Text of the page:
This leads to a time-worn dilemma in market confidence otherwise bandied about as moral hazard.

It's the same as fixing horse races or weighting the balls on a roulette wheel. Rigged financial markets will sooner or later be found to be lacking in both stability and longevity, which, when dealing with life-spanning investments touted by the major brokerages, are - or should be - two major pillars of strength.

If central banks continue to play fast and loose with not only monetary policy and begin to dabble in fiscal policy (well underway) and overtly entering trading markets (also pretty obvious), it may be only a matter of time before the curtain is rolled back and the man in the booth behind the controls is revealed as a faker, a fraud, a charlatan, and the foolishly following investors taken in by the scheme.

In simple terms, caution continues to be the best friend of anyone with reasonable means. Hard assets appear once again to be not only safe, but sure.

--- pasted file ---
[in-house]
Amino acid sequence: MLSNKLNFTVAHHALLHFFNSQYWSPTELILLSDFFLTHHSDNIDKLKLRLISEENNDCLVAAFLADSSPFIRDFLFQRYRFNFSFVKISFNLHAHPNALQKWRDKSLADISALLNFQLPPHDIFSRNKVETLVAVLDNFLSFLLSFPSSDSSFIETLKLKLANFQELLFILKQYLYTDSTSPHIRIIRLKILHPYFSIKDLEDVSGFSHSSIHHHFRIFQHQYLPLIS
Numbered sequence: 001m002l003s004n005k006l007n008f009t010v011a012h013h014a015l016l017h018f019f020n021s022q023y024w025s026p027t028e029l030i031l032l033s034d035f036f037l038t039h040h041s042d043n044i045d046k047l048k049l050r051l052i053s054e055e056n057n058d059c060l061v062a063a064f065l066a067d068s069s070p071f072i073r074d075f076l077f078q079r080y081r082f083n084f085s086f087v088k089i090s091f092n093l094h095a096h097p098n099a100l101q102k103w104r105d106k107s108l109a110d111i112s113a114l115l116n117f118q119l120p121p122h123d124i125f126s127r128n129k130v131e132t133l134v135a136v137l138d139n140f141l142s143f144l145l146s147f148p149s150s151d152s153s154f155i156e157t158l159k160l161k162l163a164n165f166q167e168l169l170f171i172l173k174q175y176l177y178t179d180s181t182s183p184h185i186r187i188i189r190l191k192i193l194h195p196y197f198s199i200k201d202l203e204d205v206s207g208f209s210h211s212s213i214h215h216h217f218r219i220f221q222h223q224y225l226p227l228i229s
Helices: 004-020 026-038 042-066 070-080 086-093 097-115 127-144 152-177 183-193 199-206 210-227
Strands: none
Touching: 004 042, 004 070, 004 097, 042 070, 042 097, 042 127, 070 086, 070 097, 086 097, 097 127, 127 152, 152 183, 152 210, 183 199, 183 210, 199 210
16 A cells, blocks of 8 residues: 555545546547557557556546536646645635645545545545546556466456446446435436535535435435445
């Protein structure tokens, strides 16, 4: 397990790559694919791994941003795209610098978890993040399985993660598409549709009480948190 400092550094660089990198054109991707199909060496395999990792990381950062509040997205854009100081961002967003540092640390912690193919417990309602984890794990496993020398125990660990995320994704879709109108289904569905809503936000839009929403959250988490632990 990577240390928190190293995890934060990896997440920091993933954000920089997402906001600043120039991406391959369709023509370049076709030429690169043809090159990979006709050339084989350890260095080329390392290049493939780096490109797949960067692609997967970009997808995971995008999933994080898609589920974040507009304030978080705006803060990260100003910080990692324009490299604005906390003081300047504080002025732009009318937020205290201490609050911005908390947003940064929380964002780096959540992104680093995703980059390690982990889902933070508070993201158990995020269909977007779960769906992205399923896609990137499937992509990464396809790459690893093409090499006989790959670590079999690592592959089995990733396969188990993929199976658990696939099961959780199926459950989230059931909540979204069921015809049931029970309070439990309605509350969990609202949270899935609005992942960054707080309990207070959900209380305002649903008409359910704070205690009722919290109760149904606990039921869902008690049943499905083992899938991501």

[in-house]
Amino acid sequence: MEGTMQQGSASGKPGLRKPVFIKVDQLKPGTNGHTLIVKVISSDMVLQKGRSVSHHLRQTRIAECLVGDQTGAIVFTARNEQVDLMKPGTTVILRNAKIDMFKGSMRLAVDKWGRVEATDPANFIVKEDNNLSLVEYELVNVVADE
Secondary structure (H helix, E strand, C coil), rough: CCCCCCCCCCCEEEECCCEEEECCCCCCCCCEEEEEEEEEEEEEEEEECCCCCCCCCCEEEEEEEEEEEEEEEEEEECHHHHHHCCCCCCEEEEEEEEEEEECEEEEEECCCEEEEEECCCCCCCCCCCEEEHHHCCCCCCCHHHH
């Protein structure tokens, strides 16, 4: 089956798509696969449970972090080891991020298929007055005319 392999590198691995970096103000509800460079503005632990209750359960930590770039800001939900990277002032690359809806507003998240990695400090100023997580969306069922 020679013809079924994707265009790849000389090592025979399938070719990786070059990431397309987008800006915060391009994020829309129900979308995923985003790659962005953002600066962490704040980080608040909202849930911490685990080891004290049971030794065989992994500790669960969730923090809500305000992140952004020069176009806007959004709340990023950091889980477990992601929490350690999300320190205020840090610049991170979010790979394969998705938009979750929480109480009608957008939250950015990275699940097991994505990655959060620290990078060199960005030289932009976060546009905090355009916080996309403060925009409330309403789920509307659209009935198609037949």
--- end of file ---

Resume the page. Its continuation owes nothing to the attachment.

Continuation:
Many in the financial arena thought that the world was ending in 2008, though afterthought now is clear that an era of unbridled intervention by central banks was only just beginning.

How and when it ends are open questions, but certainly, valuations are stretched to extremes, data - along with stock prices - is being manipulated, and individuals investors have long ago headed for safer havens.

The game may go on for years more, which is likely the path of least resistance since there's so much riding on a continuation of current politics and economics. The thought that the larger the debt and fraud (and both are enormous), the greater the fall may or may not be a truism.

What's working now may be reversed in the near future. One glance at YTD charts of either gold or silver tells you that a paradigm shift may be already underway.

Friday's Closing Numbers:
Dow Jones Industrial Average
18,516.55, +10.14 (0.05%)

5,029.59, -4.47 (-0.09%)

S&P 500
2,161.74, -2.01 (-0.09%)

NYSE Composite
10,773.12, -13.51 (-0.13%)

For the Week:
Dow: +369.81 (+2.04%)
S&P 500: +31.84 (+1.49%)
NASDAQ: +72.83 (+1.47%)

Thursday, July 14, 2016

Dow, S&P Post New Highs Again, But, Who's Doing The Buying?

In a market that more often resembles a three-ring circus than an amalgamation of the best corporate entities vying for favoritism among investors via increased earnings, revenue and expectations, the recent melt-up in US equities has more than just a few analysts scratching their quickly-balding heads.